Blog - The beginning of Sanden | Intelligent Wholesale Blog
August 1, 2019 – 6pm
Mr. Kaihei Ushikubo started it all for Sanden. He was 34 and managing a textile mill when World War II broke out. At this time, private sector manufacturing plants were enforced to either shift into the sector of ammunition producing plants or close their business.  This is how the predecessor of The Sanden Corporation was created, in 1943, with 198,000 Yen, which in today’s terms is round about £1,400; it was named The Sankyo Electric Company. (The original site the company was built on, is where the present Head Office of Sanden is still currently located today!) Mr. Ushikubo’s company showed great aptitude for flexibility and was able to adapt quickly to the changes happening in the world around it. The company was very electronically minded, and technology driven and specialised in mica-condensers, wireless communication devices and paper-condensers, to name a few. These were developed using synthetic resin molding.
In 1948, after the war was over, Mr. Ushikubo set about developing dynamo lighting bicycle sets. Throughout the war, most of his task force had been riding to work on bicycles and they had been his inspiration for the product. A sales campaign was run on dynamo bicycle lamps with a trademark “Owl” shining in the darkness, with slogans “Second sight in the night” and “A thousand times brighter than a full moon”  By 1953, it was producing 30,000 units a month, securely establishing itself as a permanent fixture in the dynamo bicycle lamp business sector 
JIS (Japanese Industrial Standards) were launched for the dynamo bicycle lamps in the early 1950’s. The low-voltage method designed by Sankyo Electric Company became fundamental criteria for the JIS; following this, in 1953, the company started exporting the dynamos. The company also began moving into the electric home-appliance market and the refrigeration market for business users. The staff at Sankyo were able to pioneer and develop a refrigeration product that was an open-type showcase which had never been seen in the industry. The design was a unique selling point putting the product into high demand, and the pioneering, innovative technology undoubtedly helped to revolutionise the sector. The company didn’t stop there, it was constantly developing new products for the sector, including mini-motors, electric washers, and other home electrical appliances. The company was growing fast and the main business offices were moved to Tokyo and shortly after Sankyo Electric started producing ice-cream freezers and more refined open refrigeration showcases.
As the company continued to grow with the start of the 1960’s, and with healthy sales of their electric freezers and refrigerators, the company branched off in a new direction and developed an original bubbler juice vending machine (also known as the ‘fountain juice machine’) and then went on to develop, down a slightly different avenue, oil heaters. The breadth of products available by Sankyo Electric seemed unbound and the technology seemed unrivalled. By 1964 the Sankyo Sales Company was established, spinning off the sales division from Sankyo Electric Company.  Not long after the oil heaters were on the market, the innovators at Sankyo Electric were able to manufacture a clean, forced-ventilation type heater that didn’t pollute the air in the room. This was an outstanding piece of technology that no-one had ever accomplished before. The company consistently acquired technologies, both in the cooling and heating areas of business.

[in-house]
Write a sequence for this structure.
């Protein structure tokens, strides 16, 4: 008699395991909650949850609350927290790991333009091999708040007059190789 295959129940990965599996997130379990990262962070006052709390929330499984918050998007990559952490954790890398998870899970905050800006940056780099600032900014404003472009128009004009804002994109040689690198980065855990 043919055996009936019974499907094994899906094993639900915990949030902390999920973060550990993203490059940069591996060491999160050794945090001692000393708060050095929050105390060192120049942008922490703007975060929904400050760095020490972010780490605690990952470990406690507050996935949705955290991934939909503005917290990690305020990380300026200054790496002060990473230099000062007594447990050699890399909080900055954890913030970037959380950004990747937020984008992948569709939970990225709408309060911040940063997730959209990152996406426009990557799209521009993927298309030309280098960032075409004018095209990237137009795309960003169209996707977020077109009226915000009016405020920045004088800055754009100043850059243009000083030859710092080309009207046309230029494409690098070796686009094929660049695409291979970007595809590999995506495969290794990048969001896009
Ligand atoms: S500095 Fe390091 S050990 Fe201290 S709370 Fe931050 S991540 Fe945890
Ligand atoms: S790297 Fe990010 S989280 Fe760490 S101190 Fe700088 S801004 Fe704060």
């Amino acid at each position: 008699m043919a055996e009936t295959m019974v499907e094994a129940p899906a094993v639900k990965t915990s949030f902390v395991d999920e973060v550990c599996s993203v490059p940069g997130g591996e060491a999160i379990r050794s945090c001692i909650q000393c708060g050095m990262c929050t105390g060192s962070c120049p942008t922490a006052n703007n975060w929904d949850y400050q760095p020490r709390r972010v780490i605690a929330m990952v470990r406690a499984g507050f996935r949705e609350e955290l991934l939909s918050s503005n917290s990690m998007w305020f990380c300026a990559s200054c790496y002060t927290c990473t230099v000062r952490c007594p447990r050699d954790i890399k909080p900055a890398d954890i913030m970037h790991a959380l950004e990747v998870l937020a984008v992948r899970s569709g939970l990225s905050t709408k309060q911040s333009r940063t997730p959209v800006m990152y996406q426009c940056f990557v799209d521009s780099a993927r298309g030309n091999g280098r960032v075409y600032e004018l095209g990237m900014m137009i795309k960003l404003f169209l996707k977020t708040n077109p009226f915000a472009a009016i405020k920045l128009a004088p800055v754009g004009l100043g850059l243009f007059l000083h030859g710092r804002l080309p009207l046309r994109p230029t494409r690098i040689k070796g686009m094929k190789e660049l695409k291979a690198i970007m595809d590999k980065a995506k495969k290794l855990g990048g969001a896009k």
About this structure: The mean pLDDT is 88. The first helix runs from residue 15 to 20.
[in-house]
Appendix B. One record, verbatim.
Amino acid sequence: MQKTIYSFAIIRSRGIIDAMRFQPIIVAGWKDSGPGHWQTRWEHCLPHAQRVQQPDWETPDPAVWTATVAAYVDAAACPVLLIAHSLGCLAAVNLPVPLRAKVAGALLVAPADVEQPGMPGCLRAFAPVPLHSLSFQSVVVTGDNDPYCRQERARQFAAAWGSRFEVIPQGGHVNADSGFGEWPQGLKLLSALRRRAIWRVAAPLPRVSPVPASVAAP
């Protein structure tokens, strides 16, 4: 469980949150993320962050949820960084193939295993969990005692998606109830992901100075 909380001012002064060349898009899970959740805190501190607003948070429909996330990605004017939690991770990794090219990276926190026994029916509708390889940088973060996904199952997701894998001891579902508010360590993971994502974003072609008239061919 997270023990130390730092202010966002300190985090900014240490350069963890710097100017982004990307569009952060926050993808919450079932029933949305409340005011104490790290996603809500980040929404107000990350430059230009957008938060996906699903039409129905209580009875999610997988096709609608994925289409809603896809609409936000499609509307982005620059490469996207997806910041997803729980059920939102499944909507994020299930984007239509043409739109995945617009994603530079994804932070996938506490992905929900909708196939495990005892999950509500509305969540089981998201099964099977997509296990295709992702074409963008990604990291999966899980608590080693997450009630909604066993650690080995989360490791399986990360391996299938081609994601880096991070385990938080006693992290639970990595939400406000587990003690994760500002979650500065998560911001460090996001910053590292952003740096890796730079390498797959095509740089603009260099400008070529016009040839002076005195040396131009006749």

As the company was clearly a global leader on the refrigeration and ventilation front and were continuing to develop these technologies, in 1970, it caught the eye of the American, Mitchell Corporation. Sankyo Electric received an offer for technical collaboration for small-scale compressors. With this opportunity Sankyo Electric entered into an alliance with Mitchell Corporation and embraced its (still current) role as a manufacturer of compressors for air conditioning systems used in the automotive industry; the company continued to grow and establish itself in more countries and today parts it supplies are used in a quarter of all the cars produced world-wide.  In 1973 the “Sanden” tradename was established, and the company’s stocks were listed on the first page of the Tokyo Stock Exchange.  The company also launched affiliate branches around the globe in America, Singapore, Australia and the U.K.
The 1980’s brought with them a lot of progression for Sankyo Electric. 1981 saw the invention of a scroll-type compressor for automotive air-conditioning systems. Once again, this was a product that had never been seen before. One of the most noteworthy changes came in 1982 when the company changed its name to match its trademark; Sankyo Electric Company became Sanden Corporation and in 1984 the company expanded its global presence even more with joint ventures in India, Malaysia and Mexico. Sanden are clearly a very insightful, forward thinking and progressive company who don’t shy away from opportunity and in 1988 they came across a vending company in America. One who, like themselves had taken the world a bit by storm and who, like themselves, had pioneered and developed some spectacular products that arguably revolutionised their own market sectors. The company had been started by two brothers in Kansas and was called The Vendo Company. The journey that followed changed and shaped the vending world forever.
Elmer F. Pierson Founder of the Vendo Company by Daniel Coleman https://www.hbs.edu
Jason Roe ‘Cool Operator’ Digital History Specialist https://kchistory.org